Everything that does not cause direct or indirect harm to the child and others is allowed! Remember yourself! No matter how much you were told not to walk in puddles, you could not resist the temptation to climb into them. Your child is no different from you. So, it’s better to remember your childhood, smirk and not push: “Kostya, don’t you dare jump into a puddle!”
The less prohibitions you have in your family, the greater the child's willingness to listen to them. And if you forbid everything, the child begins to rebel. Thus, a paradox is born: the more freedom you give the child, the easier it is to exercise control over the principles and skills that are important to you.
Bad deeds cannot and should not go unpunished under any circumstances.
We have already agreed that such actions include: a fight, foul language, rudeness, disobedience and intentional damage to things. Successful control lies in the fact that the child is aware of the rules of the game. Children know the family code in advance. For a fight, they are supposed to serve a certain time on the pen alty bench or spend this time in the corner. The same punishment awaits him for being rude.
The more trust you give your child, the sooner he will learn to make the right decisions independently.
The older the child, the more he needs freedom and trust. Learn to respect his desire that no one enter his room without knocking. If the child does not have his own room, it is necessary to allocate and fence off part of the living space for him. Each person should have his own space in which he is the sovereign master. He has a right to your respect. What do you require in return? To have his room cleaned. Try to show common sense: books on the floor by the bed are his own business. In the same way, he decides which pictures to hang on the wall. It is your right to insist that the conditions of sanitation be met: no apple cores and dirty socks.
Should I read the child's personal correspondence and his diaries? Answer this question yourself: you also have personal belongings. How would you feel in such a situation? Before you give in to the temptation to peek into a child's secret notebook, ask yourself: what would you like to know? What is your biggest fear? How could you learn everything you need from the child himself?
Know how to listen to the child without betraying your violent emotions. If at his every word you roll your eyes and moan: “How could you?! Horrible!" - rest assured, he will find a more competent and sensitive listener.
Many parents have full control over the schedule of younger students and their classes. This is not at all necessary. Your child will feel more mature if you trust him to look after his own affairs on his own. The rules are simple: he won't be able to watch TV, talk to a friend on the phone, or play games until he's done his homework (you'll be sure to answer his questions if he's having any trouble), packs a satchel for tomorrow, and cleans up after a plate. Strict observance of family rules by both parties will save you from the need to bore, punish, lose your temper and spoil relations with your family.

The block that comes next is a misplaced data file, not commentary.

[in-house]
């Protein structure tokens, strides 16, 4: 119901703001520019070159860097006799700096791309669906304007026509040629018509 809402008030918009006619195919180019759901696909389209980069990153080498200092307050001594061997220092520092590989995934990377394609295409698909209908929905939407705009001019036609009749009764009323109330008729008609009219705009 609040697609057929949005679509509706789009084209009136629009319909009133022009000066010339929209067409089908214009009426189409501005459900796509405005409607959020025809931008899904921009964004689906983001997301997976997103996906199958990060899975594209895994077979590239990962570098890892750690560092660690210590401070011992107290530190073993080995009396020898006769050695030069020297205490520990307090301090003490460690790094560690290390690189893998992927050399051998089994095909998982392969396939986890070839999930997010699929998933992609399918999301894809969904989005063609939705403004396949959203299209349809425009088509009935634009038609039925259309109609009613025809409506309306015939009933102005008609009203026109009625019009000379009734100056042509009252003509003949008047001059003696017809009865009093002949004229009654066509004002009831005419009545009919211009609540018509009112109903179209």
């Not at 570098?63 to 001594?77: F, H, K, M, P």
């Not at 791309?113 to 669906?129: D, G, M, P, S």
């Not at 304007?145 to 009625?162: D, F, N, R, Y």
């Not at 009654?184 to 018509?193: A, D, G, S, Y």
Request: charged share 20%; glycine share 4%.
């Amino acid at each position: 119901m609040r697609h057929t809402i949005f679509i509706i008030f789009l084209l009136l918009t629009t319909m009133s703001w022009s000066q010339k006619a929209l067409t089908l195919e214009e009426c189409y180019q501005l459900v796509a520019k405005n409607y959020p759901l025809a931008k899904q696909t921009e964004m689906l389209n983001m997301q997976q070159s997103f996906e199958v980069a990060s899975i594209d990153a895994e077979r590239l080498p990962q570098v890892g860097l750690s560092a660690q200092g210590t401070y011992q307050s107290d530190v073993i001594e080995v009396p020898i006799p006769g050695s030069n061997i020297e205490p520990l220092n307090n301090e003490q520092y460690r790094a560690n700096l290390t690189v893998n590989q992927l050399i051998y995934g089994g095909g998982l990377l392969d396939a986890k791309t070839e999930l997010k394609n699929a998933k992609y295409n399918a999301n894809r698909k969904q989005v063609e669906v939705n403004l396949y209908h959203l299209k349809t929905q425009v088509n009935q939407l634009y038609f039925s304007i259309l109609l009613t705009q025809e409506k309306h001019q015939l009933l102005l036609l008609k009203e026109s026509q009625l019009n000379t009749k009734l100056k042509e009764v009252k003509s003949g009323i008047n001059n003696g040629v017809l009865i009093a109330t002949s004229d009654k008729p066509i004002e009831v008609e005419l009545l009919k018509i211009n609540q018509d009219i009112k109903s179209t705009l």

Control and freedom must be dictated by love and respect for the growing person.
Learn not to say to a one year old, “I said so! You will do as you are told!" Such an imperative will surely breed rebellion.
This rebellion may have the character of open defiance, and then you will be provided with an eternal battle in which both sides will receive deep and painful wounds. And there will be no winners in this war. Both sides will experience chronic irritation, frustration, a sense of complete powerlessness and anger. This rebellion can also have a hidden form: an angry child will gain power over you and begin to harass you gradually, unconsciously taking revenge for all the humiliation and pain caused to him.
Control is caring, not drilling.
So explain to the child: “You rode a bicycle onto the roadway. You have done a dangerous thing. Dad and I love you and care about you. We don't want you to get into trouble. You will have to hand over the bike. You will receive it only the day after tomorrow. This will help you be more careful next time.”
Parental control takes on a positive form only when parents respectfully but firmly insist on doing important things. In this way, you give the child control over his own choices and help him understand what happens when he makes the wrong decision. Your control lies in the fact that you celebrate obedience with praise every time.
Your reaction should be logical and predictable. When you punish a child, you are calm, firm, and respectful.
It helps you exercise proper control without turning into an angry monster. Your child will respect your decisions if you keep your promises. That is why punishments must be feasible and fair. Give up the habit of nervously screaming in the heat of the moment: “You will not see ice cream for the rest of your days! I will never take you to the park again! Year you will not see great! A month without a computer! It is important for the child to understand why and how he is punished. Then next time he will be able to relate his act to the possible consequences and make a decision.
When you punish, you don't say: "Told you… I warned you…" Alas, when we are angry, we often become malevolent and petty. Try to control yourself and do not aggravate an unpleasant situation. Of course, you are both smarter and farsighted than your child. And you have incomparably more life experience. And you want to help more than anything. Just show a drop of generosity: “I know how unpleasant it is to be deprived of a TV (toys, computer, ice cream). I am sure that next time you will definitely make the right decision and get a promotion.”